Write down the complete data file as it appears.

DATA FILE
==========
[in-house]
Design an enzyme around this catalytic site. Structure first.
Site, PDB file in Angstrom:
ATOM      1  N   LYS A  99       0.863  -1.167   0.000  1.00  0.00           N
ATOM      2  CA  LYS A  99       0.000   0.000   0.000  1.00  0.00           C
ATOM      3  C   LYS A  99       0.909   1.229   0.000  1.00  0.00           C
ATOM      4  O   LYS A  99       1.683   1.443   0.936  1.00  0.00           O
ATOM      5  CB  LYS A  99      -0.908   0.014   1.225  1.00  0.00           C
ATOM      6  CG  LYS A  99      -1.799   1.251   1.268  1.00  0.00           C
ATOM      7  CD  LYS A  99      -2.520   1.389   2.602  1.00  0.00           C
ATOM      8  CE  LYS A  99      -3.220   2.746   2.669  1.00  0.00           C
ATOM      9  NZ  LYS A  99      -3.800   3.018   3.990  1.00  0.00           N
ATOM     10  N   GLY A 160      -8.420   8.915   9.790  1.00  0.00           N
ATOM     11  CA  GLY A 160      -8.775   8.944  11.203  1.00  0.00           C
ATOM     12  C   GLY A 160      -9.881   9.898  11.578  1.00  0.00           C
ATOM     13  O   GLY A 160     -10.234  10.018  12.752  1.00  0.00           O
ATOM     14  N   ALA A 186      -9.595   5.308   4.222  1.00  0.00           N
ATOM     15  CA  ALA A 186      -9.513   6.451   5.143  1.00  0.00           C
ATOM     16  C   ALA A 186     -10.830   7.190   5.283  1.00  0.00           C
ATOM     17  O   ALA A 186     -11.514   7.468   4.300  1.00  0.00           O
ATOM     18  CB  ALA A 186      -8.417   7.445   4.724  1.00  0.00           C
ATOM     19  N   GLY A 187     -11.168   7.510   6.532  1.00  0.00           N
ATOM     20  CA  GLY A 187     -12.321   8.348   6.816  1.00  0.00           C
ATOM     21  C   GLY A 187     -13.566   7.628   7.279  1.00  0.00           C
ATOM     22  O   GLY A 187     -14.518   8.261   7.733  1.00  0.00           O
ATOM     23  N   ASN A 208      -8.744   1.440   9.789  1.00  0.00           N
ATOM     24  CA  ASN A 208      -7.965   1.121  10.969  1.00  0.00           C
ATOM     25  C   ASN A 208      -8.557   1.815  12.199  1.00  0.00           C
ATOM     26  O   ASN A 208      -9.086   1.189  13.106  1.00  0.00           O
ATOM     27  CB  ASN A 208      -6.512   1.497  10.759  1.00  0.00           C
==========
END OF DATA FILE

[in-house]
Design an enzyme around this catalytic site. Structure first.
Site, PDB file in Angstrom:
ATOM      1  N   LYS A  99       0.863  -1.167   0.000  1.00  0.00           N
ATOM      2  CA  LYS A  99       0.000   0.000   0.000  1.00  0.00           C
ATOM      3  C   LYS A  99       0.909   1.229   0.000  1.00  0.00           C
ATOM      4  O   LYS A  99       1.683   1.443   0.936  1.00  0.00           O
ATOM      5  CB  LYS A  99      -0.908   0.014   1.225  1.00  0.00           C
ATOM      6  CG  LYS A  99      -1.799   1.251   1.268  1.00  0.00           C
ATOM      7  CD  LYS A  99      -2.520   1.389   2.602  1.00  0.00           C
ATOM      8  CE  LYS A  99      -3.220   2.746   2.669  1.00  0.00           C
ATOM      9  NZ  LYS A  99      -3.800   3.018   3.990  1.00  0.00           N
ATOM     10  N   GLY A 160      -8.420   8.915   9.790  1.00  0.00           N
ATOM     11  CA  GLY A 160      -8.775   8.944  11.203  1.00  0.00           C
ATOM     12  C   GLY A 160      -9.881   9.898  11.578  1.00  0.00           C
ATOM     13  O   GLY A 160     -10.234  10.018  12.752  1.00  0.00           O
ATOM     14  N   ALA A 186      -9.595   5.308   4.222  1.00  0.00           N
ATOM     15  CA  ALA A 186      -9.513   6.451   5.143  1.00  0.00           C
ATOM     16  C   ALA A 186     -10.830   7.190   5.283  1.00  0.00           C
ATOM     17  O   ALA A 186     -11.514   7.468   4.300  1.00  0.00           O
ATOM     18  CB  ALA A 186      -8.417   7.445   4.724  1.00  0.00           C
ATOM     19  N   GLY A 187     -11.168   7.510   6.532  1.00  0.00           N
ATOM     20  CA  GLY A 187     -12.321   8.348   6.816  1.00  0.00           C
ATOM     21  C   GLY A 187     -13.566   7.628   7.279  1.00  0.00           C
ATOM     22  O   GLY A 187     -14.518   8.261   7.733  1.00  0.00           O
ATOM     23  N   ASN A 208      -8.744   1.440   9.789  1.00  0.00           N
ATOM     24  CA  ASN A 208      -7.965   1.121  10.969  1.00  0.00           C
ATOM     25  C   ASN A 208      -8.557   1.815  12.199  1.00  0.00           C
ATOM     26  O   ASN A 208      -9.086   1.189  13.106  1.00  0.00           O
ATOM     27  CB  ASN A 208      -6.512   1.497  10.759  1.00  0.00           C